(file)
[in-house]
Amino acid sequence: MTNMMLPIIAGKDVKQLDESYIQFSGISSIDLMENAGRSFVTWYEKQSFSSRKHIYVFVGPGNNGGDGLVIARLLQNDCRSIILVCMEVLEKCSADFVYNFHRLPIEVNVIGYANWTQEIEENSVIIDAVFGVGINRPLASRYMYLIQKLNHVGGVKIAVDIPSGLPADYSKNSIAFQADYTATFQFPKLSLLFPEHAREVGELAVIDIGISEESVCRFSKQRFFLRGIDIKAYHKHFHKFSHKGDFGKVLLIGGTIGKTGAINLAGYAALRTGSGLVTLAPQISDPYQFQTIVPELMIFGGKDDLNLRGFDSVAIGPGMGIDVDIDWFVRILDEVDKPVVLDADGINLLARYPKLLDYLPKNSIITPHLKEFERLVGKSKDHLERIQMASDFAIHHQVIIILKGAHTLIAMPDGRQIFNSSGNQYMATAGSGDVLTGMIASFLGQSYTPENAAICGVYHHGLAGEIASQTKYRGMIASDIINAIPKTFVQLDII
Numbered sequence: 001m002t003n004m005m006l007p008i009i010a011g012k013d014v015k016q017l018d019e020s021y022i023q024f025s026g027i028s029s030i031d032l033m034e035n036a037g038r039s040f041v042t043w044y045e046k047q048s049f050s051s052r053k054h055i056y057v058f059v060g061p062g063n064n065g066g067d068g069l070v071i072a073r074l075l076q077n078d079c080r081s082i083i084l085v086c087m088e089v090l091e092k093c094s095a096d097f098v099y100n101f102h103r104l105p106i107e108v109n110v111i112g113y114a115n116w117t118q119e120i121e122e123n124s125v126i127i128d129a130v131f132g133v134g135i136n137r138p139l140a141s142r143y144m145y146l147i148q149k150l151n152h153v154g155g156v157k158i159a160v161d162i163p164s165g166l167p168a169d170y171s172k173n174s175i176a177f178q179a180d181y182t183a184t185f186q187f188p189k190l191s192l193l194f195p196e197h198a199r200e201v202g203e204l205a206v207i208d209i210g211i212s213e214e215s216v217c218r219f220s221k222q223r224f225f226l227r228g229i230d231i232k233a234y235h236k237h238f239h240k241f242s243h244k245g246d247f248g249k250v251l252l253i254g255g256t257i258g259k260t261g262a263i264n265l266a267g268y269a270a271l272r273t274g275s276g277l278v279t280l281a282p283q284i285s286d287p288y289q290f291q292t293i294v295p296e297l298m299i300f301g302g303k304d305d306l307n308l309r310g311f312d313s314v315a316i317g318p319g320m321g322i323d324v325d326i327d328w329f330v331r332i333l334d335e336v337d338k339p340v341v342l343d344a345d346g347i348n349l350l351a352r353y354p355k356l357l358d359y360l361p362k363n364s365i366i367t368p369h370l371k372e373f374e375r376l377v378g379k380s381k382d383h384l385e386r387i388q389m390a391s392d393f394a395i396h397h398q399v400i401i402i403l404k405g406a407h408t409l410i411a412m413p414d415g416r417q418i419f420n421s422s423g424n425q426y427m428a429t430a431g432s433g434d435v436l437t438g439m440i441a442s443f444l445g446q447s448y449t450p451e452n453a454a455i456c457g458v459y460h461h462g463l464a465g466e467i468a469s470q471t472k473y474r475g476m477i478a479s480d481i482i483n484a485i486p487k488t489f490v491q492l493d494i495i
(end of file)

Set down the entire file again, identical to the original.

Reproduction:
[in-house]
Amino acid sequence: MTNMMLPIIAGKDVKQLDESYIQFSGISSIDLMENAGRSFVTWYEKQSFSSRKHIYVFVGPGNNGGDGLVIARLLQNDCRSIILVCMEVLEKCSADFVYNFHRLPIEVNVIGYANWTQEIEENSVIIDAVFGVGINRPLASRYMYLIQKLNHVGGVKIAVDIPSGLPADYSKNSIAFQADYTATFQFPKLSLLFPEHAREVGELAVIDIGISEESVCRFSKQRFFLRGIDIKAYHKHFHKFSHKGDFGKVLLIGGTIGKTGAINLAGYAALRTGSGLVTLAPQISDPYQFQTIVPELMIFGGKDDLNLRGFDSVAIGPGMGIDVDIDWFVRILDEVDKPVVLDADGINLLARYPKLLDYLPKNSIITPHLKEFERLVGKSKDHLERIQMASDFAIHHQVIIILKGAHTLIAMPDGRQIFNSSGNQYMATAGSGDVLTGMIASFLGQSYTPENAAICGVYHHGLAGEIASQTKYRGMIASDIINAIPKTFVQLDII
Numbered sequence: 001m002t003n004m005m006l007p008i009i010a011g012k013d014v015k016q017l018d019e020s021y022i023q024f025s026g027i028s029s030i031d032l033m034e035n036a037g038r039s040f041v042t043w044y045e046k047q048s049f050s051s052r053k054h055i056y057v058f059v060g061p062g063n064n065g066g067d068g069l070v071i072a073r074l075l076q077n078d079c080r081s082i083i084l085v086c087m088e089v090l091e092k093c094s095a096d097f098v099y100n101f102h103r104l105p106i107e108v109n110v111i112g113y114a115n116w117t118q119e120i121e122e123n124s125v126i127i128d129a130v131f132g133v134g135i136n137r138p139l140a141s142r143y144m145y146l147i148q149k150l151n152h153v154g155g156v157k158i159a160v161d162i163p164s165g166l167p168a169d170y171s172k173n174s175i176a177f178q179a180d181y182t183a184t185f186q187f188p189k190l191s192l193l194f195p196e197h198a199r200e201v202g203e204l205a206v207i208d209i210g211i212s213e214e215s216v217c218r219f220s221k222q223r224f225f226l227r228g229i230d231i232k233a234y235h236k237h238f239h240k241f242s243h244k245g246d247f248g249k250v251l252l253i254g255g256t257i258g259k260t261g262a263i264n265l266a267g268y269a270a271l272r273t274g275s276g277l278v279t280l281a282p283q284i285s286d287p288y289q290f291q292t293i294v295p296e297l298m299i300f301g302g303k304d305d306l307n308l309r310g311f312d313s314v315a316i317g318p319g320m321g322i323d324v325d326i327d328w329f330v331r332i333l334d335e336v337d338k339p340v341v342l343d344a345d346g347i348n349l350l351a352r353y354p355k356l357l358d359y360l361p362k363n364s365i366i367t368p369h370l371k372e373f374e375r376l377v378g379k380s381k382d383h384l385e386r387i388q389m390a391s392d393f394a395i396h397h398q399v400i401i402i403l404k405g406a407h408t409l410i411a412m413p414d415g416r417q418i419f420n421s422s423g424n425q426y427m428a429t430a431g432s433g434d435v436l437t438g439m440i441a442s443f444l445g446q447s448y449t450p451e452n453a454a455i456c457g458v459y460h461h462g463l464a465g466e467i468a469s470q471t472k473y474r475g476m477i478a479s480d481i482i483n484a485i486p487k488t489f490v491q492l493d494i495i